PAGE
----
‘Hardly anyone is masked up on the bus these days’
On a Luas carrying around 80 passengers, just five are wearing masks
A passenger wears a mask on board a bus. Photograph: Crispin Rodwell/ The Irish Times
“Mffwffwhmmh,” I say to the driver, behind my homemade face mask.
“Where?” he says evenly, behind his. Presumably, not for the first time today.
“Leeson Street!” I shout at him, presenting my Leap card. This is already weird.
It’s rush hour on a Wednesday, or what we used to call rush hour, at least. Through the topsy-turvy looking glass of the coronavirus, 8am on the 39 bus from Clonsilla to UCD is devoid of the usual jostling, pushing and commuter squirming. It’s entirely civilised, in fact.
Of the five of us on the lower deck of the bus, all spread out into different corners of the vehicle, three of us are wearing masks. At time of publication, it is expected that masks will be made mandatory on public transport.
One fellow passenger, not wearing a mask, eyes me suspiciously from behind her sunglasses. I smile extra wide, so that she can see my eyes crinkle with a cheery bonhomie.
In spite of this moment of awkwardness, my pulse appears to have slowed by the time I reach the city centre. It took a huge tragedy for it to happen, but this is the city centre utopia that road safety activists and urban planning protestors have dreamed of. There is traffic on the road, certainly, but Dublin’s quays are no longer a grimy choke of stalling vehicles, fumes and frustration. It takes 12 minutes to get to St Stephen’s Green from Stoneybatter in Dublin 7.
Liz, who lives in Cabra and works in finance on Baggot Street, has been using the bus consistently on her daily commute to work though the lockdown. “I’m loving going into work these days. Things have definitely picked up a bit since the builders went back to work, but it’s still pretty stress-free,” she says. “Look around you, there’s no road rage, no jay-walking, nothing. Ah, it’s a nice vibe. I’m just enjoying it while it lasts!”
The sun is keeping inclement weather at bay, and it’s not uncommon to see empty buses traverse the busiest thoroughfares in the city centre. At 9.15am, the 38 bus heading to Damastown has zero passengers on board. Yet, of the four buses I use on Wednesday morning, there had been an average of five passengers travelling.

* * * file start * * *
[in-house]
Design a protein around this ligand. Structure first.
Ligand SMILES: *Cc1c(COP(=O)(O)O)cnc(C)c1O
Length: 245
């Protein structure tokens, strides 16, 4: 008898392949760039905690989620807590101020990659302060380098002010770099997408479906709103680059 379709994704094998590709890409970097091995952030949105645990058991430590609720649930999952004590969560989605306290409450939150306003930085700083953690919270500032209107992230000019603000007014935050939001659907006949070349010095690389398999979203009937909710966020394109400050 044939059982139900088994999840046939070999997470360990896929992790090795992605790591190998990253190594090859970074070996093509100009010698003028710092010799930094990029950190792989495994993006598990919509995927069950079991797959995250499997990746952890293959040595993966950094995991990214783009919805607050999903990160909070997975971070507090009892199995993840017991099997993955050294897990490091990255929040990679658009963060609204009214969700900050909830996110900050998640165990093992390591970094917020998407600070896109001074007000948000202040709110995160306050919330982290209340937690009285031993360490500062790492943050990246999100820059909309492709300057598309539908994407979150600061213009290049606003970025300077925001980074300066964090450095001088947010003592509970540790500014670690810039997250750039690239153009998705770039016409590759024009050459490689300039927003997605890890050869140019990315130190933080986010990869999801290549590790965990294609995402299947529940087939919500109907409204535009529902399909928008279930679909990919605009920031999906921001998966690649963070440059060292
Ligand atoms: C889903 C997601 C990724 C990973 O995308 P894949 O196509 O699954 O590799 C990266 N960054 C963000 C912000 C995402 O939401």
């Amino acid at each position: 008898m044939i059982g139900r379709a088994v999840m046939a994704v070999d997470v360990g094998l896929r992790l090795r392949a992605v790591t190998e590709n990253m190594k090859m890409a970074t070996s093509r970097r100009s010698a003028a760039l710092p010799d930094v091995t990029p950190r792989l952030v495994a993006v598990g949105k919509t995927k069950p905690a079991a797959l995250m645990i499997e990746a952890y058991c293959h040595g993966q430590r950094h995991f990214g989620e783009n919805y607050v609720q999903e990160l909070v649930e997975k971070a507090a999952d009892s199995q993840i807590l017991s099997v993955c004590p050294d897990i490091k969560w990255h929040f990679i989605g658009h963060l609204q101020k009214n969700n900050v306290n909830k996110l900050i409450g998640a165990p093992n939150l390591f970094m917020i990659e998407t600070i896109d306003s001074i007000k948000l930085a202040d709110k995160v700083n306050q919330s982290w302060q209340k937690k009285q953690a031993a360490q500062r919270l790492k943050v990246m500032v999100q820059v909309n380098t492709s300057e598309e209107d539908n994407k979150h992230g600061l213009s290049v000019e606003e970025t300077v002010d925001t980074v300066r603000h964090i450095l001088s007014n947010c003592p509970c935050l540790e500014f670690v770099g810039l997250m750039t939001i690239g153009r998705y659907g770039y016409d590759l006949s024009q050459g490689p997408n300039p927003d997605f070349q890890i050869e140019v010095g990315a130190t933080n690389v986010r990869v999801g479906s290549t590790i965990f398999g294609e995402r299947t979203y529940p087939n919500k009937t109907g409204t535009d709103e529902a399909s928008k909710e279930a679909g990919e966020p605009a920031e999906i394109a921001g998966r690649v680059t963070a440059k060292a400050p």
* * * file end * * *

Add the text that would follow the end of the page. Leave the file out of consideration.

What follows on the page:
I’m enjoying the quietude, but others have had a different experience. Eavan uses the 13 and 40 to get to James’s Street, and has done since March.
“What I find interesting is that earlier in the pandemic, buses were arriving five at a time, but now I keep finding as restrictions are being relaxed, it’s really hard to get a bus in the first place,” she says. “I’ve noticed sometimes that bus drivers have gone above and beyond. If they see people stuck in the rain and waiting for a bus, they’ll break the guidelines to let people on.
“I think people are very sound about social distancing, but I’d like to see maybe some more guidance around the mask thing – that has been very haphazard,” she adds. “My pet peeve is the windows. I open all the windows as soon as I get on,” she says.
‘Better to walk’
For Carla, on the 145 heading towards Kilmacanogue, this is her first time on public transport in three months. She is only alighting the bus at D’Olier Street because she is running late for her job in retail. “Hardly anyone is masked up on the bus these days,” she says. “It feels better to walk.”
She wears a mask, but given that there are three other passengers travelling, she has decided to keep it in her handbag. “Too hot for it today, anyway,” she asserts.
Similarly, on the 155 to Bray, none of the five passengers was wearing protective face masks. The 39 to Clonsilla - the driver notwithstanding - was a mask-free zone. A sign in the stairwell recommends the wearing of masks to anyone over 13.
The Luas, meanwhile, is a very different beast altogether. Rush hour or not, the trams appear to get more populated as the day goes on. Were it not for the tell-tale yellow signage outlining Government guidelines, this could be any regular day pre-lockdown. Of the 20-or-so passengers travelling at lunchtime on the Green Line to Broombridge through the city centre, about five are wearing masks. Save for one young woman, the mask wearers appear to be over 65.
I cross over to the Red Line, where already a sizeable cluster of passengers are waiting to get on the tram at the Abbey Street stop. On the platform itself, there’s not much enforcement of social distancing, either among passengers or by any staff. And, once a very busy tram arrives, it does nothing for my creeping anxiety levels.
“Are you going to get on? Seems a bit packed,” I say to the young woman standing next to me. Her eyes widen. She looks as me as though I’ve suggested cart-wheeling all the way to Kildare.
By the time we leave the stop, the tram is carrying about 80 passengers; about five of whom are wearing masks. Recent statistics claim that about 41 per cent of Irish people are using face masks. None of them use the Luas.
Inside the lunchtime Luas, much as it is with Dublin Bus, seats have been blocked from use so that passengers can enforce social distancing. In the main, people are compliant with this one directive, but it hasn’t occurred to people not to congregate around the tram doors instead.
A well-dressed man, sans mask, steps on board at Museum stop, scans the tram for a spare seat, and decides to wedge himself in between me and the door instead. If he is at all concerned about the fact that he has done away with social distancing etiquette to the extent that we are literally touching, he doesn’t show it.
Two security guards clamber on board a stop later, again without masks. It’s been a weirdly unnerving trip.